It won’t make front page news to learn that the National Center on Addiction and Substance Abuse has stated that college students register higher rates of alcohol and drug abuse than the post-college adult population. One of many reasons that college students have higher rates of substance abuse is that the 18-25 year old brain has not fully developed in areas of judgment and impulse control while the area responsible for risk-taking and pleasure-seeking is just reaching its peak.
If you ask college kids why they choose to engage in risky behavior such as substance abuse, they will not likely say it is because of their under-developed brain. They may say that they take drugs to help them maintain their GPA.
Today’s college students are taking stimulants and prescription medications. In fact, use of the drug Adderall (designed to treat ADD/ADHD patients) is so prevalent that it is referred to as the ‘study drug’. The medication helps users focus intently. Kids feeling pressure to earn and maintain high scores are turning to the drug to help them during study periods.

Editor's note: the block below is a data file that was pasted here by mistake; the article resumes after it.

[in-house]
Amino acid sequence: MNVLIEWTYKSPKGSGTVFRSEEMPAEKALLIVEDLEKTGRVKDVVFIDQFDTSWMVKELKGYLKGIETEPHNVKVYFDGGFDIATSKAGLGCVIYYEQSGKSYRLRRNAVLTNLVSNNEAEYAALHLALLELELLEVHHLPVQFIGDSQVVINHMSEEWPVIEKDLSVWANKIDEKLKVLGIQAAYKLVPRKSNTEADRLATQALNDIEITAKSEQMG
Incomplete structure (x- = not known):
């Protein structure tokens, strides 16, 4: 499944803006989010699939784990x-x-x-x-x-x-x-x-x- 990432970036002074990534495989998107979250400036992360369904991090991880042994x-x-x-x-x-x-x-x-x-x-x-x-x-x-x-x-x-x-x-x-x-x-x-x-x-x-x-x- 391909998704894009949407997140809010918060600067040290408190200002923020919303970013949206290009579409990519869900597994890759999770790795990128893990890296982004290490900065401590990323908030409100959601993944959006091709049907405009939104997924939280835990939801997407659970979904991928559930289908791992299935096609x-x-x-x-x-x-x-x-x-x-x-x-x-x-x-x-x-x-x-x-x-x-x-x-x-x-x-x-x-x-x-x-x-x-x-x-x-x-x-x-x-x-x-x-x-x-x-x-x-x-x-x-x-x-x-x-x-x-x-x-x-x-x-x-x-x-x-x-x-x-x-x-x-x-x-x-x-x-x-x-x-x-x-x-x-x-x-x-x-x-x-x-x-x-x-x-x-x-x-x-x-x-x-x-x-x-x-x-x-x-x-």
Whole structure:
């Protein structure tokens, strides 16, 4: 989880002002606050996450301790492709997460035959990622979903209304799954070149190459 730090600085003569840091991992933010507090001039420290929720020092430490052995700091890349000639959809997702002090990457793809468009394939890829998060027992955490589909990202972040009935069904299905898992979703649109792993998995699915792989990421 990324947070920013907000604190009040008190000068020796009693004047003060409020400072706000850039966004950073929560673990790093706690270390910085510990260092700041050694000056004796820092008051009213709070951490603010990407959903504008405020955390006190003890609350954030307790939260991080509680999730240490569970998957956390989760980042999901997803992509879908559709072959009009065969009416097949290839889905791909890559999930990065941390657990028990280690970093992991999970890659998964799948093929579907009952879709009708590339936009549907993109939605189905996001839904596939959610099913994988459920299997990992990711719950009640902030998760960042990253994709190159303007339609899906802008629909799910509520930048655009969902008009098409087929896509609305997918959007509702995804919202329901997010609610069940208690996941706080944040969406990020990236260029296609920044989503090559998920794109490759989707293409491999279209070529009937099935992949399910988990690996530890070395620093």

The other problem substance among college students mirrors the general population in its abuse of prescription drugs, particularly painkillers – a problem that continues to escalate across the nation.
Unfortunately, abusing substances and dangerous behavior often go hand in hand. According to the CORE Alcohol and Drug Survey (2008), over 37 percent of college students self-reported flagrant misconduct such as vandalism or DUI while they were under the influence of alcohol or drugs. Another 25 percent reported that they had been involved in even more serious problems such as an attempted suicide or became victims of a sexual assault while they abused substances.
A few universities (Rutgers and Texas Tech for example) have begun to offer on-campus rehab housing and treatment programs. The White House and the Department of Education like the idea and are promoting it to other colleges.